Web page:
Over the last decade, companies have invested heavily in telematics. And with good reason, as telematics helps in numerous ways when it comes to fleet management – route planning, logistics management, driver communications, reduced fuel usage, improved productivity, better maintenance etc. But it’s brought with it an overwhelming amount of telematics data. “Can’t see the forest for the trees” or “information overload” are common struggles that companies face.

To make matters worse, it’s actually compromising fleet risk management and driver safety.

If it could be tapped into, this data could be useful throughout all areas of fleet management – including risk management and driver safety. The answers are in the data. But the volume of data is making the answers too hard to find.

Why Is There So Much Telematics Data?

From black box telematics, forward-facing dashcams, and complete video footage surrounding the vehicle, to online driver training, license check systems and beyond – fleet managers have to somehow sift through and make sense of it all.

Larger fleets often have a number of different telematics solutions, camera systems and fleet management information providers. These offer the same, or similar, telematics data but in different formats and with differing interpretations – making the task of logging into, using and understanding separate systems time-consuming and inefficient.

To make matters more challenging, one system only provides a singular view of the risks within the fleet operations at any one time. This creates an additional, tedious task of aggregating telematics data into a reporting structure, commonly an Excel spreadsheet.

Given all this, you can see how companies and organizations operating fleets now face the problem of “what do we do with all this data? How can we best manage, interpret and implement practices based around this ocean of information?”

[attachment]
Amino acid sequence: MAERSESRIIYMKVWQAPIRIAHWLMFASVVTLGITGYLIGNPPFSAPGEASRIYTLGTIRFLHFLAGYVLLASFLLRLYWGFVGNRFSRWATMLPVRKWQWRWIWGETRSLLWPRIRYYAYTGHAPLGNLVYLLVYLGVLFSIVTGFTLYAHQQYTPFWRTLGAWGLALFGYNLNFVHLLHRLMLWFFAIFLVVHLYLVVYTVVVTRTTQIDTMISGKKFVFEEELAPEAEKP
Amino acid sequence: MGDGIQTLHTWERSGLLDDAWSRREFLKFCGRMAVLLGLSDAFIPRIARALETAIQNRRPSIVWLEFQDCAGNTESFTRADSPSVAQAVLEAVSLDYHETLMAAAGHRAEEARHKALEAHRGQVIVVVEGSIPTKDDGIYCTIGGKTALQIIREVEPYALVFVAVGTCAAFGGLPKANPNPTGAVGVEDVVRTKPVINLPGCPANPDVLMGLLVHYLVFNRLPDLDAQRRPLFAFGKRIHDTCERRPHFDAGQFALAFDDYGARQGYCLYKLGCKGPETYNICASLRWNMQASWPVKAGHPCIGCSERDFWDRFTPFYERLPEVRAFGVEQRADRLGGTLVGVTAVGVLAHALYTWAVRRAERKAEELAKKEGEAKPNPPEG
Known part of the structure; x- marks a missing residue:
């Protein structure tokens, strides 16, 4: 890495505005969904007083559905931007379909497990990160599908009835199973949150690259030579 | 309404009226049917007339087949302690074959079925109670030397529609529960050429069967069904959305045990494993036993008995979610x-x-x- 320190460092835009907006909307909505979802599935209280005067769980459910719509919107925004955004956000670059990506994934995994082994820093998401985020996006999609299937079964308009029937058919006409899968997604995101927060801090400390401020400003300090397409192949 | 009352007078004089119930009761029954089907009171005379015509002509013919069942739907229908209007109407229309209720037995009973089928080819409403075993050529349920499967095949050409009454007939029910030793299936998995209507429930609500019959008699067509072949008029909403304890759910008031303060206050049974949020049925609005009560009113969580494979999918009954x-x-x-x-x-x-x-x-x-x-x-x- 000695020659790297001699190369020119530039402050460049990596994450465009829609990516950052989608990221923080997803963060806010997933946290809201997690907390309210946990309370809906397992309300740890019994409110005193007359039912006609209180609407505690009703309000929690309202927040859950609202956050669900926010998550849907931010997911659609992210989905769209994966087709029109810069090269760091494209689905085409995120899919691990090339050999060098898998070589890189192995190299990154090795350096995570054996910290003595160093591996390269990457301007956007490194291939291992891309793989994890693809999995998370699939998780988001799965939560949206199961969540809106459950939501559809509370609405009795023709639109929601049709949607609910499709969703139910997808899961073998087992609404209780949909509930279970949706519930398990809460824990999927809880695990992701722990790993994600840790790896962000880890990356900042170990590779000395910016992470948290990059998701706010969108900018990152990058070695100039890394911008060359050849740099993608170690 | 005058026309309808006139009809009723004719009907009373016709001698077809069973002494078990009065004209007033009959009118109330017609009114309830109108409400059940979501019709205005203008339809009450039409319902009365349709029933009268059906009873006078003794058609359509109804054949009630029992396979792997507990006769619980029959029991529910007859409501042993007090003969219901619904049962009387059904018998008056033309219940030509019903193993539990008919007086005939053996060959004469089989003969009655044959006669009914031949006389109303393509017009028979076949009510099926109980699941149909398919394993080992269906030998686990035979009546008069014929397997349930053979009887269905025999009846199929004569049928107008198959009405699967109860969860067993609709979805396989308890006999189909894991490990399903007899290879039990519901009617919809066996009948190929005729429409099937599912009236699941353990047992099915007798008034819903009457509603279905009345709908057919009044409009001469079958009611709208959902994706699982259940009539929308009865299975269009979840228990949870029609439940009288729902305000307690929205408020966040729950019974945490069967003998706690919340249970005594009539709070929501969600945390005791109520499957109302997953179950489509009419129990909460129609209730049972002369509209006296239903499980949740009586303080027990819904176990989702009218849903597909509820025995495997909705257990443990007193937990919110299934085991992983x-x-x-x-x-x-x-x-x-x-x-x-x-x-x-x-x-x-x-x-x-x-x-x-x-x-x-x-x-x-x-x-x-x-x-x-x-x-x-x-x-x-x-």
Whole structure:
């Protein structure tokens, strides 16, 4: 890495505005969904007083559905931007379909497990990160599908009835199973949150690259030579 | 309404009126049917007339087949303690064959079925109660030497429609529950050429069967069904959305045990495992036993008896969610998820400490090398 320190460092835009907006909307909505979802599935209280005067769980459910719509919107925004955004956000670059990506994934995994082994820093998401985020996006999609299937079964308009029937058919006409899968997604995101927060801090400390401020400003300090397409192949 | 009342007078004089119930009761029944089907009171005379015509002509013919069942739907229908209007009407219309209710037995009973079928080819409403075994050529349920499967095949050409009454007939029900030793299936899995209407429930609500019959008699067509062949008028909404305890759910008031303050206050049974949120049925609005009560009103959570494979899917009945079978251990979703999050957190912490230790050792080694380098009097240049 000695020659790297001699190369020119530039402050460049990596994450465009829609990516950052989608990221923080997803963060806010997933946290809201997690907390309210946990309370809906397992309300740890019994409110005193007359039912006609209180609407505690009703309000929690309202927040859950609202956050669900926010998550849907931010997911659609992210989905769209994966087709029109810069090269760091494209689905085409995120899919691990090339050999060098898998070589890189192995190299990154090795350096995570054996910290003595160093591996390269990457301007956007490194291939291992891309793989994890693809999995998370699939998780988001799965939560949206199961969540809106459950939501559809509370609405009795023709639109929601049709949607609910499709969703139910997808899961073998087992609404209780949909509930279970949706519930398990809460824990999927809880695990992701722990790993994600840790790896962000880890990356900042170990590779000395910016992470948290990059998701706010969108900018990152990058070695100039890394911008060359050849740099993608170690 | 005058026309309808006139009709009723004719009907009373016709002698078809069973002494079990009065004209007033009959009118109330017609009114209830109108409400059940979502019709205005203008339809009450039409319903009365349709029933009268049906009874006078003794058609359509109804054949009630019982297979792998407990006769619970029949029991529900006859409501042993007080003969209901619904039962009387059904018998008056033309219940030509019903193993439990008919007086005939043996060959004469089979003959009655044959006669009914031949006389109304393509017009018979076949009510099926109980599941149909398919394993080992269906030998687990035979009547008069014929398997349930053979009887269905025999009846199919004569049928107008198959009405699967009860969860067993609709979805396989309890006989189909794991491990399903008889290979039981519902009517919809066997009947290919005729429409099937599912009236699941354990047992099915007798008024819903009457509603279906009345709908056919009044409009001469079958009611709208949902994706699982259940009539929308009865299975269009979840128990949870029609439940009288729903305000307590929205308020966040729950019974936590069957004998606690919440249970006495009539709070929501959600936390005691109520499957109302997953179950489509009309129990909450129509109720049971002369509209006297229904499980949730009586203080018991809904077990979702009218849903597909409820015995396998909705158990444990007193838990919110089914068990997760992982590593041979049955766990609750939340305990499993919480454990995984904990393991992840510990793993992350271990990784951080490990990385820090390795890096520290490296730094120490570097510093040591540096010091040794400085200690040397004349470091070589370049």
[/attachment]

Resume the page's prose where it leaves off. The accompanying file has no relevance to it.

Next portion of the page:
And once they finally gain control of their data, how can they see the true level of fleet risk within their operations?

Problems Surrounding Too Much Data Will Only Increase with Time

Vehicles today have about 40 microprocessors and dozens of sensors that collect telematics and driver behavior data. This data can be analyzed in real-time to keep the vehicle’s performance, efficiency and safety in check. While these enhancements work to improve the way we travel, they also pose many challenges when it comes to the future of data aggregation and analysis.

As more of these connected vehicles hit the market, we’ll soon be seeing 25GB of data produced each hour by each vehicle. That’s the same amount of data in 6,000 music tracks or 10,000 emails – every hour.

For example, if a van is traveling 56 hours per week, it could be generating 56 x 25 = 1,400GB (or 1.4 TB) of data within seven days. That’s the equivalent of streaming about 300 HD movies on Netflix.

The Value of Telematics Data Merits the Need for a Solution

The data gathered via telematics is without a doubt a great resource. Businesses can look into each component individually to see how a specific risk aspect is performing. It offers valuable insight, from checking speeding reports to ensuring employees remain focused while driving via in-vehicle camera systems.

But managing this telematics data across a fleet of several hundred or thousands of vehicles and drivers becomes an overwhelming task. The information overload provides more data, but not always more insight. Fleet managers are often compromised in their role by the very systems that were designed to help them.

Imagine a full risk management system that brings in other non-telematics data, like a driver’s training history (or lack of), violations, license status updates and more. Aggregating data like this with telematics data would give a broader and more comprehensive view of the fleet’s risk profile and potential issues in driver safety.

To learn more about how you can leverage our solutions at SambaSafety to get more out of your telematics data, fill out our form to schedule a demo with one of our data insight experts below.